gut bacteria

Usually if you’ve been vaccinated, and regularly wash your hands, you are pretty safe from catching the flu. But, a new study has revealed that in fact all it takes to catch the flu is inhaling someone else’s infected breath. 

The recent study, published in Proceedings of the National Academy of Sciences was carried out by researchers at the University of Maryland in the U.S.They gathered 142 college students who were suffering with the flu and had them sit inside a specially designed machine from 30 minutes a day for three days. The machine, called the Gesunheit II collected samples of their breath as they coughed, sneezed, spoke, and just exhaled normally. By the end of the experiment, the volunteers had provided over 200 testable breathing samples, along with nose and throat swabs. 

How Close Have Scientists Come to Creating a Universal Flu Vaccine?

The results were as expected, with the researchers finding plenty of infectious viral particles in the samples taken from the volunteers. However, they did find infectious flu virus in eight of the 23 samples without any coughing. Almost equally as surprising, the few samples of people sneezing didn’t contain a greater presence of flue particles than other samples, suggesting that sneezes are both rare and not really all that important to airborne flu transmission. This study isn’t the first to highlight that normal breathing carries infectious flu, but it is the first to confirm it via these sorts of naturally obtained samples.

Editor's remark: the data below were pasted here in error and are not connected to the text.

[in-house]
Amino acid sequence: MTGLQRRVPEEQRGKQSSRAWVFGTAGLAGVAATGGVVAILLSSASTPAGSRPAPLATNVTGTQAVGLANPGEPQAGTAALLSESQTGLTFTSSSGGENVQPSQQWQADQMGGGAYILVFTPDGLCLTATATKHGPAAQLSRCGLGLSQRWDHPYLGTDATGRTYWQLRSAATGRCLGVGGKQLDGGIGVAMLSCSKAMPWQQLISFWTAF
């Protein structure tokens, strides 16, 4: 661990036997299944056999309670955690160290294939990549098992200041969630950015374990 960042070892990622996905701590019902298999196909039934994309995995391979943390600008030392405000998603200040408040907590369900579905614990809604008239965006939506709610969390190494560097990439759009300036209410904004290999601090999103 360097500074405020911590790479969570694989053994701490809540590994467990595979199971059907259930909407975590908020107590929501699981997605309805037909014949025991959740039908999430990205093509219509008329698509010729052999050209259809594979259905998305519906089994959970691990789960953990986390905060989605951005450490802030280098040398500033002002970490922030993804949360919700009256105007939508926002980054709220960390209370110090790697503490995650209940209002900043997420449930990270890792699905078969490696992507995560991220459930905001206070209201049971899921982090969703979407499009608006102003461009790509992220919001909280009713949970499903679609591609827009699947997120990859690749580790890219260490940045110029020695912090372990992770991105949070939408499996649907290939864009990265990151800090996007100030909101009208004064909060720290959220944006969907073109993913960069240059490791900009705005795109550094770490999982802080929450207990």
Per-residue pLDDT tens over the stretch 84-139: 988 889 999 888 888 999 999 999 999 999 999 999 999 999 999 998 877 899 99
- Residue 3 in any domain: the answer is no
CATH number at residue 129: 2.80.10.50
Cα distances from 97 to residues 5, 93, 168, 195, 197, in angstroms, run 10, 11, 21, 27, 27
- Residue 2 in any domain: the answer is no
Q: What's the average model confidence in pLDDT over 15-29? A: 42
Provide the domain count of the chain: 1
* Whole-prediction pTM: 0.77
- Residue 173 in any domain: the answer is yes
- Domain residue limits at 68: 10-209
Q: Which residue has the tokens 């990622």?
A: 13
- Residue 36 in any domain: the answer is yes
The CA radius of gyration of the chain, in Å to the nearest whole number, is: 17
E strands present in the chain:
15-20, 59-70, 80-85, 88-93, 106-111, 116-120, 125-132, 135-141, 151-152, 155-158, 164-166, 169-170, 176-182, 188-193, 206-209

“People with flue generate infectious aerosols (tiny droplets that stay suspended int he air for a long time) even when they are not coughing, and especially during the first days of illness,” explained senior author Donald Milton, a professor of environmental health at the University of Maryland’s School of Public Health. 

Not only this, but the study also revealed some other aspects of flu infection. The virus seems to make us sick in one of two independent ways. One is through irritating our upper respiratory tract, where the nose and throat reside; or by nesting deeper in the lower respiratory tract, where the lungs are. It appears the infectious particles generated by breathing happen only with lower respiratory infections.


What is interesting though, is that people who were recently vaccinated, either that current flu season or the last, seemed to be more likely to have a lower respiratory tract infections and to shed more of the virus while breathing or coughing. This is also something that’s never been noticed before, and what it could potentially mean will require a lot more research to work out, the authors explained. It is known that vaccination, even when it fails to prevent the flu, can reduce the severity of symptoms. 

It would seem folks that the only way to really avoid spreading the flue, whether it be at your job or school, is to stay at home and avoid contact with everyone.